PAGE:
- If you like beaches, a stop in Buzios is great too. Make sure to rent a car or a go-kart, as the beaches are best explored by private transportation.
Travelling Around Brazil
Knowing a bit of Portuguese is almost essential for travel to Brazil. Very, very few people speak English outside of the big cities, and even those that do are shy to speak it. In the cities, there is excellent public transportation (in Sao Paulo and Rio, a great metro). In between the cities, long distance buses link them.
Taxis tend to be fair and inexpensive especially if you are used to a USD currency. As a woman, only take metered, registered taxis. There is an app, EasyTaxi, that I would recommend for ANY woman, as the taxis are registered and safe.
Brazil offers air passes to make the most of flying around the country. You can buy tickets within the airport or even shopping malls with Latam. Trains offer a more scenic route than some of the bus journeys, which can be up to 36 hours in some places, but you can get different classes on buses. If you’re on a budget, take an economy bus or a deluxe bus if you prefer more comfort.
What To Do in The Evenings As a Solo
I’ll talk about Rio de Janeiro in specific, as I think this is the most common and popular destination for women. Definitely, if you feel nervous about going out at night alone, choose a hotel/hostel near the nightlife scene you want to check out, or stay at a hostel and go with a group.
Or make friends during the day and go out with them at night! Also, language schools (like Casa do Caminho) often organise group events, and this is a fun and safe opportunity for solo women.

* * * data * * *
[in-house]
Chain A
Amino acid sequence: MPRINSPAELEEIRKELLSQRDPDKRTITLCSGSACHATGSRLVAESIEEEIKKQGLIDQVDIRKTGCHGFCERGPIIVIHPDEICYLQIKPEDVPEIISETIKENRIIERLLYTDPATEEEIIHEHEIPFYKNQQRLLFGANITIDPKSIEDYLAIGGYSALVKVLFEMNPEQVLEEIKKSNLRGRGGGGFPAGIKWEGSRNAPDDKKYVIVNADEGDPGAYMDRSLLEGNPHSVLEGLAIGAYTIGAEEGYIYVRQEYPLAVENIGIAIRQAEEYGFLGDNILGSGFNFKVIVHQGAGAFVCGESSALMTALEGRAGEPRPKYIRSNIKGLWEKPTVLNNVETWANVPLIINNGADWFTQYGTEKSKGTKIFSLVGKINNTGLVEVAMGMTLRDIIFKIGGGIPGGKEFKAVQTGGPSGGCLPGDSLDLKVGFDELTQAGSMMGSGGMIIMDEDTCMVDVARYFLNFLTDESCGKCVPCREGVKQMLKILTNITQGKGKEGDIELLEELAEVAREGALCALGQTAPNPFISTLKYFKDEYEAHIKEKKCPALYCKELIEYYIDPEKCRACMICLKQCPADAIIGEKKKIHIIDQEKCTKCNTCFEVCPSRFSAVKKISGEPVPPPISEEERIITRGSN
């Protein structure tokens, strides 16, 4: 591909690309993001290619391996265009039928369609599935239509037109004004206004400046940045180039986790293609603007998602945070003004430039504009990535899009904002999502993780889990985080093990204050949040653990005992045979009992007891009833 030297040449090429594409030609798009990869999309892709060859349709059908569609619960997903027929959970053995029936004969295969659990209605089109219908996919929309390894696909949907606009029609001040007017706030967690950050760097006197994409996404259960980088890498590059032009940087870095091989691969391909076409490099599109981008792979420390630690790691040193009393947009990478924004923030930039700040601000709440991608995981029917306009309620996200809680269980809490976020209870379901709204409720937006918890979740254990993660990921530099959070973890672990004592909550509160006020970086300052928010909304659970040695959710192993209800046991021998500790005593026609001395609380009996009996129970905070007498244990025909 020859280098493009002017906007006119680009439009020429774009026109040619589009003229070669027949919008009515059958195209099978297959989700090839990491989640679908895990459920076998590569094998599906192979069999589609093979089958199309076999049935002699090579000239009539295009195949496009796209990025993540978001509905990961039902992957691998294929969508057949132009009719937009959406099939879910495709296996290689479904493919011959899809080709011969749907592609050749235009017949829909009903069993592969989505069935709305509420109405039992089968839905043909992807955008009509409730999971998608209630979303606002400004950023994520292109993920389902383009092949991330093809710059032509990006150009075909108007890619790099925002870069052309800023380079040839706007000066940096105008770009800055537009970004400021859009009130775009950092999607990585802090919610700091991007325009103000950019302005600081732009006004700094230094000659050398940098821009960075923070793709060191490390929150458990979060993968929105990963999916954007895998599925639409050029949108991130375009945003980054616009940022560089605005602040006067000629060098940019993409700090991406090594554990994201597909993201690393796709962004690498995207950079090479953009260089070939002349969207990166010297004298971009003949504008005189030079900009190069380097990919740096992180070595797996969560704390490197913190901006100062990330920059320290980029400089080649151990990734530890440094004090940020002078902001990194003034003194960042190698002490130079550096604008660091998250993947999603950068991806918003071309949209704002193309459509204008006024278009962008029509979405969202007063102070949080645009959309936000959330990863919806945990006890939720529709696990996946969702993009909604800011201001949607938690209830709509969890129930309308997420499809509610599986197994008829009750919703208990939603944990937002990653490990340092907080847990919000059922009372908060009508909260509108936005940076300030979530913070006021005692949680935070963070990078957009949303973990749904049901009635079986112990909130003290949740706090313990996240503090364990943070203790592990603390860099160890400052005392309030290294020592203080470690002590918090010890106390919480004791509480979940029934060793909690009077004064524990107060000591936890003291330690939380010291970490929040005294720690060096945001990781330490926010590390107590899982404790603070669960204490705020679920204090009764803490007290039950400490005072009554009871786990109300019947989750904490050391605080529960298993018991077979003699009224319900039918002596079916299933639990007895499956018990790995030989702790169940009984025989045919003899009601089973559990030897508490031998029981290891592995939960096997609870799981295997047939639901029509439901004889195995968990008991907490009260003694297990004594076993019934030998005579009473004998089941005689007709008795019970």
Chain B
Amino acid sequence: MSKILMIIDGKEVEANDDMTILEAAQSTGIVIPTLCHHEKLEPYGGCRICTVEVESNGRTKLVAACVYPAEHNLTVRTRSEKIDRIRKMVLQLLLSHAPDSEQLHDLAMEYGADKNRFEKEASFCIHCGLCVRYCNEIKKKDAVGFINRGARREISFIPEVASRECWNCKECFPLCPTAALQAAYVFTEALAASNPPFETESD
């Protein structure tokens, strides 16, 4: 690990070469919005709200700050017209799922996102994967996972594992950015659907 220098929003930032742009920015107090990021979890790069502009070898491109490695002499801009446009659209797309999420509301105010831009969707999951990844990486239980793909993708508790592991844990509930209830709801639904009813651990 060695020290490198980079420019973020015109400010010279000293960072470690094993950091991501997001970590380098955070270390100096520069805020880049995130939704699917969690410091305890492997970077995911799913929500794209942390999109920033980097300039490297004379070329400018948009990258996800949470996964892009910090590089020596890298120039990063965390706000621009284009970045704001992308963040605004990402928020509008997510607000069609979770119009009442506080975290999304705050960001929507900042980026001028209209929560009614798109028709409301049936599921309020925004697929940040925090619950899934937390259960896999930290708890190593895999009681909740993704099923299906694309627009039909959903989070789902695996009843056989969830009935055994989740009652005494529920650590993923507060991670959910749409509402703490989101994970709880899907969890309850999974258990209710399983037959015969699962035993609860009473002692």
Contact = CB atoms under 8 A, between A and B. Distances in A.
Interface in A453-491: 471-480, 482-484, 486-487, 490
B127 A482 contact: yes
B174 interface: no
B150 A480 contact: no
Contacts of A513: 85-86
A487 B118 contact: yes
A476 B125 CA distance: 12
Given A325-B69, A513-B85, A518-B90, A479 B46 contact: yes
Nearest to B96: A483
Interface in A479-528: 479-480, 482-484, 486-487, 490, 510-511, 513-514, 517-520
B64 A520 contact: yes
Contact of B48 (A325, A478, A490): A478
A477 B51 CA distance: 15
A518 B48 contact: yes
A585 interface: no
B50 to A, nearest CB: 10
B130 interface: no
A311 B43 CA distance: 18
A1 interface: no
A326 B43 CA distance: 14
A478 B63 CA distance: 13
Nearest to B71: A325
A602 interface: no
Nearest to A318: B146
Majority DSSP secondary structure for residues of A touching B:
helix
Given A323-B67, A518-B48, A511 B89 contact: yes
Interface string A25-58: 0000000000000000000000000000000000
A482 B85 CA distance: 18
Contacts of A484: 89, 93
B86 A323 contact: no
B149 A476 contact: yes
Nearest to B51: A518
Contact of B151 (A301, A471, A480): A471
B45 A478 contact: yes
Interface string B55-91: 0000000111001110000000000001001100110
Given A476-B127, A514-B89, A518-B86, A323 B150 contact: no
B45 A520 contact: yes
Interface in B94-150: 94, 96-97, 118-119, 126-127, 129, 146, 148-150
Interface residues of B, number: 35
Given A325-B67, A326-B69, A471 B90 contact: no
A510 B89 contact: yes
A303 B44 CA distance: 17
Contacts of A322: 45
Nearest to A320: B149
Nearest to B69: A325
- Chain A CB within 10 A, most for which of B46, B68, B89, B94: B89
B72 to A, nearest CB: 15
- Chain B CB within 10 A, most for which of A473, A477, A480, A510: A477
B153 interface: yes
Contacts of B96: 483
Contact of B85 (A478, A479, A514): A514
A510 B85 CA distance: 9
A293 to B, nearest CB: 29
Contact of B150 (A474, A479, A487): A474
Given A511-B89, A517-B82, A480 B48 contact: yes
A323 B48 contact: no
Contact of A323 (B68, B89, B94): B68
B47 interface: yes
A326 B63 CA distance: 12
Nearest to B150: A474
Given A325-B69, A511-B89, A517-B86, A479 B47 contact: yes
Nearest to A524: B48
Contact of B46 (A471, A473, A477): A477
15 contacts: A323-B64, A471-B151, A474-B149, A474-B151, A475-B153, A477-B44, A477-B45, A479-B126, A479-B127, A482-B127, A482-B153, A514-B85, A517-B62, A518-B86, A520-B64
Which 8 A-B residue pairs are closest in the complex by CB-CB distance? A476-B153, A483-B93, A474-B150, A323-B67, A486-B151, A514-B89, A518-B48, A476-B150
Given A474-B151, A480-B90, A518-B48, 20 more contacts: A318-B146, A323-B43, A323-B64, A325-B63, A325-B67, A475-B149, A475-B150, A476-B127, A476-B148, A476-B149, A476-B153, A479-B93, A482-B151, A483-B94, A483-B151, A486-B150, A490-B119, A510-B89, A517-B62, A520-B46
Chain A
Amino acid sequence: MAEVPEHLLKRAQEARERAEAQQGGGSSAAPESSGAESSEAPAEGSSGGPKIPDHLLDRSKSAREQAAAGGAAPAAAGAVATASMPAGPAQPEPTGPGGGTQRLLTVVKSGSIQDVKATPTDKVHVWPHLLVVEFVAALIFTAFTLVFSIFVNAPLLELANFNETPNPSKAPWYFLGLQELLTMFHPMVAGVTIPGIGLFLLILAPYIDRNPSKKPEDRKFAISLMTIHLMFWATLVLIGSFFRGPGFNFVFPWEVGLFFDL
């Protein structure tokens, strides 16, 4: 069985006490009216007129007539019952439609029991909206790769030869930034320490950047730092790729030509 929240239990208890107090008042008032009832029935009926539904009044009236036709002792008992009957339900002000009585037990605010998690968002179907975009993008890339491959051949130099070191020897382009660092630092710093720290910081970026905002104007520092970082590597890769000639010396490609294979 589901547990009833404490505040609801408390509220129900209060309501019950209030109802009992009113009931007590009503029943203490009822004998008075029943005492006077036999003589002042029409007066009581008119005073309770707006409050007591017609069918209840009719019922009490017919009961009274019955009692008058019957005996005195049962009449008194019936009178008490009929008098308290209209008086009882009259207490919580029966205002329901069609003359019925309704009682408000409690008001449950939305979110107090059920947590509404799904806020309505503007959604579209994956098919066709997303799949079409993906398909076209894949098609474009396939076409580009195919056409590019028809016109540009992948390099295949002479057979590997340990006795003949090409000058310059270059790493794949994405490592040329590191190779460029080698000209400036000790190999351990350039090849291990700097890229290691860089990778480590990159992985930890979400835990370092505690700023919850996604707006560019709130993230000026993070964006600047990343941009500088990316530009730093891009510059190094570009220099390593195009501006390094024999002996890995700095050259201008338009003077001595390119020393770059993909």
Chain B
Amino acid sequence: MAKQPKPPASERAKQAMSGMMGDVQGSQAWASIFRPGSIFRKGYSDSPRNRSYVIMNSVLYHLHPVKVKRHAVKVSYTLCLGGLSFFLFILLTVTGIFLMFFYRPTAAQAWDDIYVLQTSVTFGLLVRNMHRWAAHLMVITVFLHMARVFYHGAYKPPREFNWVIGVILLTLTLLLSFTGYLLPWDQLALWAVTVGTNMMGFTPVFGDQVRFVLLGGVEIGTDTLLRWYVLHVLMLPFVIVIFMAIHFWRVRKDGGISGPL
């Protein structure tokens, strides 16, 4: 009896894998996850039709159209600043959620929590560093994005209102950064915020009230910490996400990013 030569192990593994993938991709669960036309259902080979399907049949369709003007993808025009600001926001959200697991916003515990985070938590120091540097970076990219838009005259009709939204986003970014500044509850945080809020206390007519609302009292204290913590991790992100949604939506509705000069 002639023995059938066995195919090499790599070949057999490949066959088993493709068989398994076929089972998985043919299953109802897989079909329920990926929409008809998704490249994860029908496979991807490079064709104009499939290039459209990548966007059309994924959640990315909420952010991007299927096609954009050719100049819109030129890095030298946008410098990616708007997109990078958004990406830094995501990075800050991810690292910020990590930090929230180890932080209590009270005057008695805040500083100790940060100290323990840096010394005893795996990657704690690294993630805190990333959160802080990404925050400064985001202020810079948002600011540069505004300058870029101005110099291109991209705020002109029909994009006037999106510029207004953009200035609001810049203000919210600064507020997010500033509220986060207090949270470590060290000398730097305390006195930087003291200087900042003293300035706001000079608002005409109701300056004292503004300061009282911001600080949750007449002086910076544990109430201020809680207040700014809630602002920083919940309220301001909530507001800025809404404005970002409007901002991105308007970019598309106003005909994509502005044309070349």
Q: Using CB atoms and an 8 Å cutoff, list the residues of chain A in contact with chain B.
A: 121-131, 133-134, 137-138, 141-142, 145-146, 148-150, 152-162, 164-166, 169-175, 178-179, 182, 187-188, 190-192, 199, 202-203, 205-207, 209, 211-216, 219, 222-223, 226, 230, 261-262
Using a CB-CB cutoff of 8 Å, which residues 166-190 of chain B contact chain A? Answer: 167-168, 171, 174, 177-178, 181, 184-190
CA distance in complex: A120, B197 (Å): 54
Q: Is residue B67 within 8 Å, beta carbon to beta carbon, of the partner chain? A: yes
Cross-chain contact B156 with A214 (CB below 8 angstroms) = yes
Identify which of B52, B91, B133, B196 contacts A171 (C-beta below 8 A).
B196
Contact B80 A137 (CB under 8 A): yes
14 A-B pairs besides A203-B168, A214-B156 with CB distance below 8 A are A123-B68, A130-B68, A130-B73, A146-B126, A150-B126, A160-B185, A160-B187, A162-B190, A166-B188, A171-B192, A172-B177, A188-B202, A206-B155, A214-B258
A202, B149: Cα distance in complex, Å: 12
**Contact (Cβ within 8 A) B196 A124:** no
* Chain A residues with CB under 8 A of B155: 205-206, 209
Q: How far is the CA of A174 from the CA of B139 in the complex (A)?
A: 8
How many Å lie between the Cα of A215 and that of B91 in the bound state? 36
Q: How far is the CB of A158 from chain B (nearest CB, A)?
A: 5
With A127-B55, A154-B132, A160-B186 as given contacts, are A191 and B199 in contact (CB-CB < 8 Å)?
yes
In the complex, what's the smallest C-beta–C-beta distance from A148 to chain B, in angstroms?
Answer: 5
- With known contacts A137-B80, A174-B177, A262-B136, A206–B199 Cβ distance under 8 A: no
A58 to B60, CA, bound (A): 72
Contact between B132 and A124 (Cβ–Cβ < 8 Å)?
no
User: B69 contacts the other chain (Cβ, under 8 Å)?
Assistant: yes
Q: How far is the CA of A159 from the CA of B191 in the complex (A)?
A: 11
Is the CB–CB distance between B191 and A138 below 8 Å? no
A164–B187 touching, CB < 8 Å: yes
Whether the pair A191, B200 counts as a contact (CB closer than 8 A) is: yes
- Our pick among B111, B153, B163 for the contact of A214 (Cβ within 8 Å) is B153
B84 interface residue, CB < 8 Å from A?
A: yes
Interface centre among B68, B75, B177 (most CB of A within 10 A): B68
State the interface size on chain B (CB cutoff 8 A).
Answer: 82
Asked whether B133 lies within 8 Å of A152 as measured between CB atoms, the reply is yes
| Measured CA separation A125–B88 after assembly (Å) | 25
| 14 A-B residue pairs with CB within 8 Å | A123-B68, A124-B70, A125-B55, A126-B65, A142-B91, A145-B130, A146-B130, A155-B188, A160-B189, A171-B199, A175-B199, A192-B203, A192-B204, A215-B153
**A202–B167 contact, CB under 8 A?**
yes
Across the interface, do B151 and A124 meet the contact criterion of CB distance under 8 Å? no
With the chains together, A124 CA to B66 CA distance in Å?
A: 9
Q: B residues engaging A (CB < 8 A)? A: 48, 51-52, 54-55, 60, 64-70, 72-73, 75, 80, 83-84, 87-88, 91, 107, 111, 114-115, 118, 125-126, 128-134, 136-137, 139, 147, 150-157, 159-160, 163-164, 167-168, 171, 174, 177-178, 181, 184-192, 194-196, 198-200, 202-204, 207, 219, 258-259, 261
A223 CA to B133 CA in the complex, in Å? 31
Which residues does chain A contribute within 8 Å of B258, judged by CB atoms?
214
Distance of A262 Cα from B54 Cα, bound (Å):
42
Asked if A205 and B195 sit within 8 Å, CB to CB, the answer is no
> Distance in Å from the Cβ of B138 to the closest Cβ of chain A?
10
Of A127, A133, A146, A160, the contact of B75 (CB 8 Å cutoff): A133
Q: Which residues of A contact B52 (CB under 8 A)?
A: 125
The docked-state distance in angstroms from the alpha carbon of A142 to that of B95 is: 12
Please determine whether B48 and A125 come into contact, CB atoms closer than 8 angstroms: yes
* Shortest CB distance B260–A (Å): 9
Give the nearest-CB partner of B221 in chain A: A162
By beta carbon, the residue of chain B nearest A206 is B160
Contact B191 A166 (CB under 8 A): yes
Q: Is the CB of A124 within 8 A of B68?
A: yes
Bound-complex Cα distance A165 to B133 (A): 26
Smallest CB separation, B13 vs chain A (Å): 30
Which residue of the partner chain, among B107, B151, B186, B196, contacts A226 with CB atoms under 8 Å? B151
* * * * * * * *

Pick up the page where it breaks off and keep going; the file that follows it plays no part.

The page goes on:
Many women go out alone in Rio and have no problems, but it is important not to get too drunk (like in any unknown place) and to remain aware of your surroundings. Sexual attacks in Rio are not uncommon, including against foreigners. Don’t take the minibuses late at night, as these are especially problematic. Use EasyTaxi for an assured safe taxi.
Is It Easy To Meet Others?
Yes, if you stay in the tourist region, in a hostel, or attend a week at a language school (which I would recommend, even just to meet other travelers). Otherwise, it is also very easy if you speak Portuguese, as most of the tourists are domestic.
What To Avoid in The Country
Being flashy with phones, cameras, jewellery or money. Theft is very common, and it is always best to just hand the valuables over… as nothing is worth your life.
What would you say to someone who is looking to go to Brazil alone for the first time and is unsure about it?
Brazil is a beautiful country and has so much to offer. The vast majority of the people are so warm, friendly, and kind. If you are scared to travel alone, know that you are never truly alone. The first day you are in Brazil, I guarantee you will make a friend, whether another traveler at the hostel, or just a random person on the beach.
Brazilians are seriously the friendliest people I have ever met. Try to go to activities and events, that is a great way to meet other people.
Being a Foreign Women in Brazil
The “macho” culture is very strong here, as in other places in South America, and many men are very forward (please note: not ALL guys here are like that, I have many awesome friends that are super respectful and polite to women). You’ll likely have to deal with unwanted grabbing, obscenities, and rude gestures, especially in Rio when you are alone.
Sometimes, it is scary. Women who look noticeably foreign (very blonde or red hair, blue or light eyes) attract a lot of attention when alone, and more of the above unpleasantness.